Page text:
Avian Flu Scan for May 07, 2014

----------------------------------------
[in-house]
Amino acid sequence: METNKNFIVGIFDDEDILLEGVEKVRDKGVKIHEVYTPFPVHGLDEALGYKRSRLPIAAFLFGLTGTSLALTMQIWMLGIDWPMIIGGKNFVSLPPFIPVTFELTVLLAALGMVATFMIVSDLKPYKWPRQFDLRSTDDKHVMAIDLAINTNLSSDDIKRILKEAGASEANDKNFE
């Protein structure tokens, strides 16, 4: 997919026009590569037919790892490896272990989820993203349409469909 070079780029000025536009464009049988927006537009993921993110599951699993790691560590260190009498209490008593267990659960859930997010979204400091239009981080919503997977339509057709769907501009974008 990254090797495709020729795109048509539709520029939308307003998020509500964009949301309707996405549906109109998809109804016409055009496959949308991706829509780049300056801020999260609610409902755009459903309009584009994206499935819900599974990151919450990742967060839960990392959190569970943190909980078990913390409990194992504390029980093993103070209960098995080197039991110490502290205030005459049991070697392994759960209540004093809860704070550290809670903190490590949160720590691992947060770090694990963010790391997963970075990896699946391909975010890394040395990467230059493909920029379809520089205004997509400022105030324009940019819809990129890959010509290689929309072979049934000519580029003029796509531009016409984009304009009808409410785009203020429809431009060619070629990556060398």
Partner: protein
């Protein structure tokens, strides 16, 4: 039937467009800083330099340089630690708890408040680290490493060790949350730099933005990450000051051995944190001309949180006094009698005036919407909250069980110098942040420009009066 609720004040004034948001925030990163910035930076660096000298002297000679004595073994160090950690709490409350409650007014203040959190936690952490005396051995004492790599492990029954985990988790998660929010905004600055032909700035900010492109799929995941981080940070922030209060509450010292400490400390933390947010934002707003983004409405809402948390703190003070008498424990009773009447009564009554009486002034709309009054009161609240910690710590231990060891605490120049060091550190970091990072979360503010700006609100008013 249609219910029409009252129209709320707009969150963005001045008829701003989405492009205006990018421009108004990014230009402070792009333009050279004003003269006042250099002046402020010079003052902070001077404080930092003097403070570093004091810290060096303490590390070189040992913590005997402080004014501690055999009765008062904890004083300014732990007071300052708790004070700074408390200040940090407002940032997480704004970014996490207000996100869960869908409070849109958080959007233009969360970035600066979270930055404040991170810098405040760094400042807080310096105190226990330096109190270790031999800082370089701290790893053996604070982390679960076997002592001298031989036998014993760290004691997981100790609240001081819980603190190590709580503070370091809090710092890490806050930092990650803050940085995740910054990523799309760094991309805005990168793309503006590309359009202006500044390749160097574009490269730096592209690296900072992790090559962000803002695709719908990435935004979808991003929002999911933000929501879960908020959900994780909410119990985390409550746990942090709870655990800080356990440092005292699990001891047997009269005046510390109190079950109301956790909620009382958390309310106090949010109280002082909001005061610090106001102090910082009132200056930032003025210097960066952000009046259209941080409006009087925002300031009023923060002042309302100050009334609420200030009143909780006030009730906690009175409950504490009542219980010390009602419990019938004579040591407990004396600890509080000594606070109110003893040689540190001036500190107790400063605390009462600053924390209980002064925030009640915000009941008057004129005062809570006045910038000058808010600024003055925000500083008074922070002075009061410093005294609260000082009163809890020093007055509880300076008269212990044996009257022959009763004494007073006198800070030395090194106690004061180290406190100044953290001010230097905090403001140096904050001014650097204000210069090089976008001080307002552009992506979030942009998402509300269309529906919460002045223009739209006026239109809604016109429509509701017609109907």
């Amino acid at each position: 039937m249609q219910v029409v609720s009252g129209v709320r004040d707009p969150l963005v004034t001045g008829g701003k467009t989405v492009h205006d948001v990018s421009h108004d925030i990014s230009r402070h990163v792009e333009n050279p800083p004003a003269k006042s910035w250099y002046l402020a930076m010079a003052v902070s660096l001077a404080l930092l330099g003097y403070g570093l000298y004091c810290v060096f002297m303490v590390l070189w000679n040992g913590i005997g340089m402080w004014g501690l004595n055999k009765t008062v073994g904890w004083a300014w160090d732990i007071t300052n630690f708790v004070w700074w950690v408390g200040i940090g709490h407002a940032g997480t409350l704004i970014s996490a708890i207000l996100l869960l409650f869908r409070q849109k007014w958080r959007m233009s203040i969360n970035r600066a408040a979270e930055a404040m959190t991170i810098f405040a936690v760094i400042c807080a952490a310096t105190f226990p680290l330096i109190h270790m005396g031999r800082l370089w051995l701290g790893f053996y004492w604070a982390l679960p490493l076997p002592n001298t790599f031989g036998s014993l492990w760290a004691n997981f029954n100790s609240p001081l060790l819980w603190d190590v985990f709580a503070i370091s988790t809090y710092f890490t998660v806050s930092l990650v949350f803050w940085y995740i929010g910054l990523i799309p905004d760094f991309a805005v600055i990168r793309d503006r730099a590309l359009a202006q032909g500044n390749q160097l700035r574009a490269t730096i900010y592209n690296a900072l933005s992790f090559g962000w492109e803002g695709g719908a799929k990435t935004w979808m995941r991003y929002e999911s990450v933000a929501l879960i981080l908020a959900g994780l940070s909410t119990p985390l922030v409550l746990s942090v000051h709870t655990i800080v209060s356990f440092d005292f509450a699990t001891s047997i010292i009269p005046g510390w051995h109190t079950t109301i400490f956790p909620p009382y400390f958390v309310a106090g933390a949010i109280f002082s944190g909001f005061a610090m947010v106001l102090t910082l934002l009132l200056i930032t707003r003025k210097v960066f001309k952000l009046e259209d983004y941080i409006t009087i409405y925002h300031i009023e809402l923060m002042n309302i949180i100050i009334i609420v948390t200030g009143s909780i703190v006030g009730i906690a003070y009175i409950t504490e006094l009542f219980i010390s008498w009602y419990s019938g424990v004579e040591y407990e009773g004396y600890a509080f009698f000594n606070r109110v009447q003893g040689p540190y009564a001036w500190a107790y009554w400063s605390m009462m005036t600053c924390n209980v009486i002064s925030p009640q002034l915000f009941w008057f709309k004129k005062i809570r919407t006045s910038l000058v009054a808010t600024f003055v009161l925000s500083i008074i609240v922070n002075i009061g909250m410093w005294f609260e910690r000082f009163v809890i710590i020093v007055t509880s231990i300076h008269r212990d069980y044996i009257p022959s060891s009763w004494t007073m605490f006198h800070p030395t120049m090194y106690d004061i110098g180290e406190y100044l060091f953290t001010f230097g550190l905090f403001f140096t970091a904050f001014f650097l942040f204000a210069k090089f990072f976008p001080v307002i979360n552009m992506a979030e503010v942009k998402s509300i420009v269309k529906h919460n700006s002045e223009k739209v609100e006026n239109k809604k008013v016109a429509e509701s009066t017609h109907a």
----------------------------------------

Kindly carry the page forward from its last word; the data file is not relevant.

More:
first_imgResearchers find possible biomarker for severe H7N9 infectionResearchers who analyzed the blood of Chinese patients infected with H7N9 influenza found markedly elevated levels of angiotensin 2, which be a severity marker for the disease. The team from China reported its findings yesterday in Nature Communications.They compared plasma from 47 patients infected with H7N9 from Hangzhou, Nanjing, and Shanghai with that of 21 patients from Beijing who were sick with the 2009 H1N1 virus from December 2012 to February 2013. Their comparison also included samples from healthy volunteers and people with coronary heart disease (CHD). For the patients with flu, samples were collected at different times: within the first 7 days of disease onset, 8 to 14 days after disease onset, and from 15 days after disease onset.The angiotensin 2 plasma levels were much higher in H7N9 patients than in 2009 H1N1 patients, CHD patients, and CHD patients with hypertension.To focus on disease outcome patterns in H7N9 patients, the group looked at 22 patients who had samples taken from both the first and second week of illness. For those discharged from the hospital in less than 28 days, angiotensin 2 levels decreased significantly during the second week of infection. The level, however, remained high during the second week for those who had longer hospitalizations or who died.They found that in H7N9 patients, angiotensin 2 levels during the second week of illness highly correlated with severity scores, with levels during the first week showing a weaker but still significant correlation. Similarly, researchers found that patients who have high angiotensin 2 levels during the second week were more likely to die.Researchers concluded that angiotensin 2 is a biomarker for lethal flu infections and that the findings lend support for potential therapies.May 6 Nat Commun abstract Scientists detect H11N2 in Antarctic penguinsResearchers have for the first time identified avian flu viruses in Antarctic penguins, and the H11N2 strain they found differed considerably from existing strains, according to a study yesterday in mBio.An international team took 301 swabs from windpipes and posterior openings (cloaca) of Adelie penguins in two locations in Antarctica in January and February 2013. They also drew 270 blood samples.They found that 8 (2.7%) of the swab samples were positive for H11N2 avian flu via polymerase chain reaction. Phylogenetic analysis showed a high degree of similarity among the viruses.When the researchers compared the full genome sequences of four of the viruses to influenza virus sequences in public databases, they found that they were unique. Lead author Aeron Hurt, PhD, of the World Health Organization’s influenza center in Melbourne, said in a news release from the American Society for Microbiology (ASM), “When we drew phylogenetic trees to show the evolutionary relationships of the virus, all of the genes were highly distinct from contemporary [avian flu viruses] circulating in other continents in either the Northern or Southern Hemisphere.” The ASM publishes mBio.Further analysis revealed that the virus diverged from other avian flu viruses between 49 and 80 years ago, with several genes showing similarity and shared ancestry with H3N8 equine influenza viruses.In addition, 43 of 270 penguins (16%) had influenza A antibodies in their blood. The investigators also found that the cultured H11N2 virus did not replicate well in experimentally inoculated ferrets.May 6 mBio study May 6 ASM news releaselast_img